A comprehensive site hosting interactive resources and online learning modules to help educators and students improve their digital information fluency.
This repository needs to grow—if you develop a lesson using a TED resource, consider sharing it here!
Description from Site: TRAILS is a FREE knowledge assessment with multiple-choice questions targeting a variety of information literacy skills based on 3rd, 6th, 9th, and 12th grade standards. This Web-based system was developed to provide an easily accessible and flexible tool for school librarians and teachers to identify strengths and weaknesses in the information-seeking skills of their students.
*I recommend using this tool in collaboration with your campus librarian!
This downloadable guidebook contains six problem-based scenarios centered around the 5As: Ask, Acquire, Analyze, Apply, and Assess.
This curriculum includes lessons and activities on Information Literacy divided by grade level, and is accessible via iBook or printable versions, and is browsable by an interactive scope & sequence. Also check out the Common Sense Education’s K-12 Digital Citizenship Curriculum available via Nearpod, which is free for download by campus librarians or media specialists.
This subscription-based interactive curriculum includes lesson modules related to Information Literacy, can be customized with your own content, provides diagnostic tools for student assessment, and is aligned with the Common Core standards.
This blog post from Kathy Schrock’s Katch of the Month series on Literacies for the Digital Age lists resources for teaching Information Literacy divided into the following categories: Essential Questions, Search Tips, Critical Evaluation, Locating Images, Citing Sources, Digital Literacy, and Discovery Education Streaming.
This page focuses resources on weaving information literacy into your instruction organized around the SH!FT Graphic “10 Things That Learners Pay Attention To (And How to Use Them in eLearning)”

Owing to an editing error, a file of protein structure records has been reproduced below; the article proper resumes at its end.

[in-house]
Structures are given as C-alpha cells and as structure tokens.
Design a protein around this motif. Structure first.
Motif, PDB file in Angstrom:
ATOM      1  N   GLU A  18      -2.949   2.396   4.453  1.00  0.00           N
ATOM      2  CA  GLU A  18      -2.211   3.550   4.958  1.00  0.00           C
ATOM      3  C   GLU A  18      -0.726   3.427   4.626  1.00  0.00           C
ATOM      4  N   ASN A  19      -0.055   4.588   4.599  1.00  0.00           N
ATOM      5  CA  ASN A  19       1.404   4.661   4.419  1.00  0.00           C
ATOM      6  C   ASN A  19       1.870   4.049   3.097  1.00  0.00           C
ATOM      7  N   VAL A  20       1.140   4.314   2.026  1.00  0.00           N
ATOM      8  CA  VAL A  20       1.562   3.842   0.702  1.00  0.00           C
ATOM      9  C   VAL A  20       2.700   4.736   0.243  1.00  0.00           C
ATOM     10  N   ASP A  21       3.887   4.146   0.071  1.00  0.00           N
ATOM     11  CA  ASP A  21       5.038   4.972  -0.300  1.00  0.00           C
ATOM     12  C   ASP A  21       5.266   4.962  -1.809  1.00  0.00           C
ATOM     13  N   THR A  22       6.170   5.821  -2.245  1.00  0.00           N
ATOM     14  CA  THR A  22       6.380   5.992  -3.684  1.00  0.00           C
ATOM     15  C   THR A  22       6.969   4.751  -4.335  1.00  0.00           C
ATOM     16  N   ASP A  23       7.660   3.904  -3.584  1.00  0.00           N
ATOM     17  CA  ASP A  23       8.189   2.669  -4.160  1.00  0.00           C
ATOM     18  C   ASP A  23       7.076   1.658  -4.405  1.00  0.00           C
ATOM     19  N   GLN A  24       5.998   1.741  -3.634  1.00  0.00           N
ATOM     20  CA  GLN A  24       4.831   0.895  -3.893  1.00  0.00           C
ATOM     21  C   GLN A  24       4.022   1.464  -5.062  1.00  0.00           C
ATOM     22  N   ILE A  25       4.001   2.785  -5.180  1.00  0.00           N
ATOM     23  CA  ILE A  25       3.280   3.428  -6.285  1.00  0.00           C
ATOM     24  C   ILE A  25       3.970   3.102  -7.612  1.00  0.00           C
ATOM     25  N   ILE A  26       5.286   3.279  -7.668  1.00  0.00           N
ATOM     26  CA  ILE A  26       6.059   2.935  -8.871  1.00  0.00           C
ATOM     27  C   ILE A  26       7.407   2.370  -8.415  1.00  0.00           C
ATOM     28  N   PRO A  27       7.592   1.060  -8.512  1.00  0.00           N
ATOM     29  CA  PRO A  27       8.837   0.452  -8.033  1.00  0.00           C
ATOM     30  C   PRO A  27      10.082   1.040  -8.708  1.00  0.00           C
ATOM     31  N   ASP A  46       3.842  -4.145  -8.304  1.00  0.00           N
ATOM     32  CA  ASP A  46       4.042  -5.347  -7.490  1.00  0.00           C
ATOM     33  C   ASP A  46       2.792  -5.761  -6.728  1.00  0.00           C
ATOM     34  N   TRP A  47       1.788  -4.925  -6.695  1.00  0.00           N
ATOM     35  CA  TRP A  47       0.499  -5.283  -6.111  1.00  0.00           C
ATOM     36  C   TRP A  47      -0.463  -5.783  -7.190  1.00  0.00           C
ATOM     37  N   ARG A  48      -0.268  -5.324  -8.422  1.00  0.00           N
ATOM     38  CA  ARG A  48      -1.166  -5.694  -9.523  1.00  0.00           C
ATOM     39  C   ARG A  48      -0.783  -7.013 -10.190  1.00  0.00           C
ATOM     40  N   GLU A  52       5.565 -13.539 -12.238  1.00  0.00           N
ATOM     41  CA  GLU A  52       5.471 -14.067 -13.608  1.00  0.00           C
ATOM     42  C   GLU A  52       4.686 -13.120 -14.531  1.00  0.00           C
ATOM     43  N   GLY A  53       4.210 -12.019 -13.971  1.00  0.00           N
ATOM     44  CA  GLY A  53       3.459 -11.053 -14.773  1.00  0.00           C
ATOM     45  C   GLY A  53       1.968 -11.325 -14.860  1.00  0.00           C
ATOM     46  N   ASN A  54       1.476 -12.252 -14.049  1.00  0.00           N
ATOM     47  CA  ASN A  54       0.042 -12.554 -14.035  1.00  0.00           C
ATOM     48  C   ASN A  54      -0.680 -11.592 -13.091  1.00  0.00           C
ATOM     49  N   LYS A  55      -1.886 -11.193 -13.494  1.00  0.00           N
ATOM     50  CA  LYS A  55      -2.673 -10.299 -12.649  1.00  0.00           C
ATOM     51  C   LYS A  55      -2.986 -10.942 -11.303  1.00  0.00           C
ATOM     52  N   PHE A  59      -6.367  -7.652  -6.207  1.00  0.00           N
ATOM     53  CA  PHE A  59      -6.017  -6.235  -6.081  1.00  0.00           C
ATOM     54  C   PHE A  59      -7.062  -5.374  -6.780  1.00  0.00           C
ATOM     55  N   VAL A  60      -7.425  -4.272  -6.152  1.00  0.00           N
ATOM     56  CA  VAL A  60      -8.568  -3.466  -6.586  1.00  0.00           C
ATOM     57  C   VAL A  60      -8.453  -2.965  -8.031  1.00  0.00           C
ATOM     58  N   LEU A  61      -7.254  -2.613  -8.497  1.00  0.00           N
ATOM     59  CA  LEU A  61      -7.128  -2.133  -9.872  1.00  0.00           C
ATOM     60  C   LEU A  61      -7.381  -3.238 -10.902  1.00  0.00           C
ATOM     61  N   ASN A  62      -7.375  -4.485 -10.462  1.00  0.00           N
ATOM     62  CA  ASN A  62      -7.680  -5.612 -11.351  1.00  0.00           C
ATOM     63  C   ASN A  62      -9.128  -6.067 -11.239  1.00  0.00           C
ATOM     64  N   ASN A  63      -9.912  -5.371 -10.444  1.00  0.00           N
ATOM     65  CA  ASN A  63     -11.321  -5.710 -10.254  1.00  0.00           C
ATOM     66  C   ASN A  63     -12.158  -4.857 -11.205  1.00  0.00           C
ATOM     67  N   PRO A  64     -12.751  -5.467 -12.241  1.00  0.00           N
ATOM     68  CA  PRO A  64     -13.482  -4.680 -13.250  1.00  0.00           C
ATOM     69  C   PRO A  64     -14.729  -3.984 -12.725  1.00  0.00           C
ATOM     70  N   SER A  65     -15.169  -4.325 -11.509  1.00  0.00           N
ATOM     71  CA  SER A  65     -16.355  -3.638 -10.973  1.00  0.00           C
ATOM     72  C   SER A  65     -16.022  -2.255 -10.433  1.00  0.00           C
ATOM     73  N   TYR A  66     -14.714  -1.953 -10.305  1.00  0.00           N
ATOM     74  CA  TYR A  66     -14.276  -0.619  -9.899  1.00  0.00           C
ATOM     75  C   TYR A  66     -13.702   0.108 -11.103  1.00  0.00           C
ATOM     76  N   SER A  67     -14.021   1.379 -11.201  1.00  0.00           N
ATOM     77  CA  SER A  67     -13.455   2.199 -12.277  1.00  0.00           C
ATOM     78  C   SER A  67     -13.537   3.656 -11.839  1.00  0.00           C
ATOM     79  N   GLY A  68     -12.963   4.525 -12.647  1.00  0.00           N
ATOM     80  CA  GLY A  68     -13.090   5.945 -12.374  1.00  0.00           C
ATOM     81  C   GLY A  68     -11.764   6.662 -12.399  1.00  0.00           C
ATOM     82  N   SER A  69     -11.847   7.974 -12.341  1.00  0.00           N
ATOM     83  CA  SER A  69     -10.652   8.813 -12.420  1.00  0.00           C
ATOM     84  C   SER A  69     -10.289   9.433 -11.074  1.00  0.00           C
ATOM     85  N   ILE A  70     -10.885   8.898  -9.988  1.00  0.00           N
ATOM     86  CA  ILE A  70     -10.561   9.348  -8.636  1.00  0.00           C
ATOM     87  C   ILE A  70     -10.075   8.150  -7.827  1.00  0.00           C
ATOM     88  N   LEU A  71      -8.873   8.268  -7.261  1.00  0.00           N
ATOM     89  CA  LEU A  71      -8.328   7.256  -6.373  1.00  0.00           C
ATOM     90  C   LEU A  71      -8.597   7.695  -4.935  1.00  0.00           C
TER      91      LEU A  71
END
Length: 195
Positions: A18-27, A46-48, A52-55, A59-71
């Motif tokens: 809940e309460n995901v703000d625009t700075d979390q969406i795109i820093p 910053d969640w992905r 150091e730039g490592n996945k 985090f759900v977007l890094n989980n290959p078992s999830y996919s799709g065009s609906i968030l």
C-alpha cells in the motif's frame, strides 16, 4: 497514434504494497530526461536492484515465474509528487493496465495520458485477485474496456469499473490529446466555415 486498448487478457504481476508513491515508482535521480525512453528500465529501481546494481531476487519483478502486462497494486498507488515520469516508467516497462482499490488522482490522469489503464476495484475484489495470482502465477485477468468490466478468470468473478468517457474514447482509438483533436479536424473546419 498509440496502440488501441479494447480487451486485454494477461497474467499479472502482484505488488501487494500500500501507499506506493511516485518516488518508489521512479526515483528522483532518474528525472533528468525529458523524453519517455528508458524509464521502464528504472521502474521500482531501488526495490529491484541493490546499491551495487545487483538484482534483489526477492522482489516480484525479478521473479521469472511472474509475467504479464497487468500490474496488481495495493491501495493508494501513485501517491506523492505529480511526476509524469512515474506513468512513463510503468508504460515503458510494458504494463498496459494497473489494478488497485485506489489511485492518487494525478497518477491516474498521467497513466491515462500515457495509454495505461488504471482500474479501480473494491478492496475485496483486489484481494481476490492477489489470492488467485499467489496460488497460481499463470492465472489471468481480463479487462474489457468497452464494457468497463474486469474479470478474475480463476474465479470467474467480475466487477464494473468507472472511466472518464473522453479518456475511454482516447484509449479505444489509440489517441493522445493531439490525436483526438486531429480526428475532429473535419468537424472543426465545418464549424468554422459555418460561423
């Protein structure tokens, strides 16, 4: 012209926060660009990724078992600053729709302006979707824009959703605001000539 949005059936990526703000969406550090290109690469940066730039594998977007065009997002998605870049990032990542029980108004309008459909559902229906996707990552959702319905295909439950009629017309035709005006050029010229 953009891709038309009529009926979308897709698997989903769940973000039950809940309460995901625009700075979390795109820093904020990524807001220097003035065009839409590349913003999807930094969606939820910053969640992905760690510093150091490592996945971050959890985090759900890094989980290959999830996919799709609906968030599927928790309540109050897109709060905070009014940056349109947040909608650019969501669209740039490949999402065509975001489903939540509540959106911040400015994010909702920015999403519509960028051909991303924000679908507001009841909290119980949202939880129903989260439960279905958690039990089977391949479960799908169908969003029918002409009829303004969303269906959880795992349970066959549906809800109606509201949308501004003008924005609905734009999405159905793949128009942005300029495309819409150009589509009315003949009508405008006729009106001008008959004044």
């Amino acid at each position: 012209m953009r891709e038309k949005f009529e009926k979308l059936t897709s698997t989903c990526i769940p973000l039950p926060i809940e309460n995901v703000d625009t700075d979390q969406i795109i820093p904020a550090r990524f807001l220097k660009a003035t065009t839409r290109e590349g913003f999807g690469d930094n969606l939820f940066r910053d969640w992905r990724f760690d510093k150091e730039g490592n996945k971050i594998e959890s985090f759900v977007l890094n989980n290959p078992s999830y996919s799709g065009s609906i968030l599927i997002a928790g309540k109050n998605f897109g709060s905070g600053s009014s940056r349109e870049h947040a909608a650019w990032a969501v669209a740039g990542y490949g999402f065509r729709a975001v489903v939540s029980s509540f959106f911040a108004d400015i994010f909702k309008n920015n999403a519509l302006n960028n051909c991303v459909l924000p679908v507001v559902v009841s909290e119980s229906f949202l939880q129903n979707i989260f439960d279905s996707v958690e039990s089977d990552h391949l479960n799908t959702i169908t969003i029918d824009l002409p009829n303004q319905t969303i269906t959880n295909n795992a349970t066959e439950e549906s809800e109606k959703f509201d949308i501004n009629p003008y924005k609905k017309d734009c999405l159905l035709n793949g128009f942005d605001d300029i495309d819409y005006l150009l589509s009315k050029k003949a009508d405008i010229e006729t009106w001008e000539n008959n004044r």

Another useful page of models, resources, lessons and videos for teaching InformationLiteracy.
Google’s comprehensive site is designed to help teachers develop students into skilled searchers, and offers an extensive menu of downloadable lesson plans/activities, Power Searching Courses, Google a Day Challenges, and live trainings.
Description from site: Developed at Center for Digital Literacy at Syracuse University, WebCHECK is a series of instruments that were designed for educators, Web designers and students to assess Web sites they use for assignments and projects. The site includes several instruments that can be used by K-12 students.
Description from site: The bootcamp will help your students gain a better understanding of how to evaluate websites through six handouts and videos on purpose, accuracy, authority, relevance and currency.
There are various versions of this model/approach out there, but this worksheet provides a decent template for modification.
Citation Generators – 2 Recommended Ones to Try
Both of these sites offer free online tools for citing sources and importing them into Google Drive or other platforms. Subscription versions are available that allow students to create, collaborate on and share project folders, citations, and digital note cards with their peers and teachers.